And lastly, The Traveller's Daybook: A Tour of the World in 366 Quotations by Fergus Fleming:

This is a whole year of travel writing, one entry for each day. The editor, Fergus Fleming, does a splendid job of including authors writing about the entire world from the 15th. century to the 20th. Too many to list here but I found old favourites and many many new writers to investigate and read... not always people one would associate with 'travel' writing I have to say. Thrilled with this bargain buy from The Works. Loved it so much I may just read it all over again this year.

Anyway, Happy New Year to you, let's hope for a more peaceful and stable 2018.



Kay said...

I really need to try some of those British crime classics that Poisoned Pen is publishing. So glad that Martin Edwards is working with that (or I think he is). I'm considering doing the Classics Club and if I decide to try it, some of these might work. I'll likely focus on crime novels as my selections.

Nan said...

I love the thing that British Library Crime Classics offered on Facebook. I know you saw it, but in case someone reads this comment and is interested: New year, new you.

Grab a Crime Classics checklist for a unique 2018 resolution... tick them all off by next Christmas!

We can send pdfs via email or facebook message – or message us with an address for a printed copy.

Cath said...

Kay: The BLCC books vary a bit in quality bit mostly I've found them to be very enjoyable. I like the sense of a disappeared age when values were very different. Thus you do get the odd comment that we would not make today but it's all educational. Yes, Martin Edwards... such a talented writer and editor.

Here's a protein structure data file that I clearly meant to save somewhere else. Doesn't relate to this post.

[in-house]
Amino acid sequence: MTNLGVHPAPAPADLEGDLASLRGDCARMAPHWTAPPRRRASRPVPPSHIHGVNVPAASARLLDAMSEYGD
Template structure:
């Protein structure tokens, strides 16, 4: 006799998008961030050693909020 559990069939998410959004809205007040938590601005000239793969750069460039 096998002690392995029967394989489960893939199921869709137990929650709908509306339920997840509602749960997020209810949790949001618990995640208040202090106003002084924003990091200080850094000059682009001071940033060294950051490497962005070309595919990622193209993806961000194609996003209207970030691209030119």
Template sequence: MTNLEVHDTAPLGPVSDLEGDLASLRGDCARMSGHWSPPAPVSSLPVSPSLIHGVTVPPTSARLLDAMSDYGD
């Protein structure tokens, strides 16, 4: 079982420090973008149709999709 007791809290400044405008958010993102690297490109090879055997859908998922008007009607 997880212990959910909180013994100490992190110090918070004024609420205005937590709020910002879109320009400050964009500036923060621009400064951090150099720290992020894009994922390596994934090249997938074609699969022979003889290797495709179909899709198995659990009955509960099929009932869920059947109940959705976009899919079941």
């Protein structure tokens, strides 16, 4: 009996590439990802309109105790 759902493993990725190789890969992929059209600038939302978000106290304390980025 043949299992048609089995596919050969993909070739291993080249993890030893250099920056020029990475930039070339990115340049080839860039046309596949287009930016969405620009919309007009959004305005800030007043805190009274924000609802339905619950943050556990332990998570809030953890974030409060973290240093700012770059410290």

Nan: Yes, I saw that but would rather read them slowly at my own pace rather than pack them into just one year.

Nan said...

So, when I was first here at this post, I didn't have a clue who Monty Don was, and now I'm totally interested. A Year in Provence by Peter Mayle was a shocker about the differences between my life in the US and his life in Provence - the day-to-day things, things we take for granted here. Plumbers, building rules, etc.
I just looked him up because I hadn't thought about him in a while and found he had died.

Cath said...

Nan: I really can recommend Monty's Road to Tholonet. Lots of interesting stuff about his life, not just French gardens.

Yes, I heard Peter Mayle had died. Not long after I read his book I think, so it was quite a shock. Very sad.

Nan said...

Here I am, yet again! I'm not sure if youtube works the same all over the world, but wanted to let you know that I am watching Monty Don in France here: Hope you can get it. Lovely, lovely scenery and gardens. I think he said one third of all French people buy from the local markets. And oh, those markets. Just full of the most beautiful vegetables. I would be in heaven there.

Cath said...

Nan, I don't think I watched it when it was originally on... not sure now but I don't think so. So, thanks to your link, I now can and have bookmarked it into my 'France' folder. Can't wait to watch it when I have a moment. Thank you!

Yes, we've seen those French markets. We were open mouthed at the amount of varieties of lettuce... the size of their radishes. My late sister-in-law grew tomatoes outside and they didn't get blight like ours do (we have to use the greenhouse). Wandering around French villages we were astonished at the size of the cabbages they were able to grow. My sister-in-law had a huge pot of red basil growing in her conservatory during the winter, better light and warmer than us in the UK, so it thrived. Here it would be dead by Christmas. I so envied her that basil... LOL.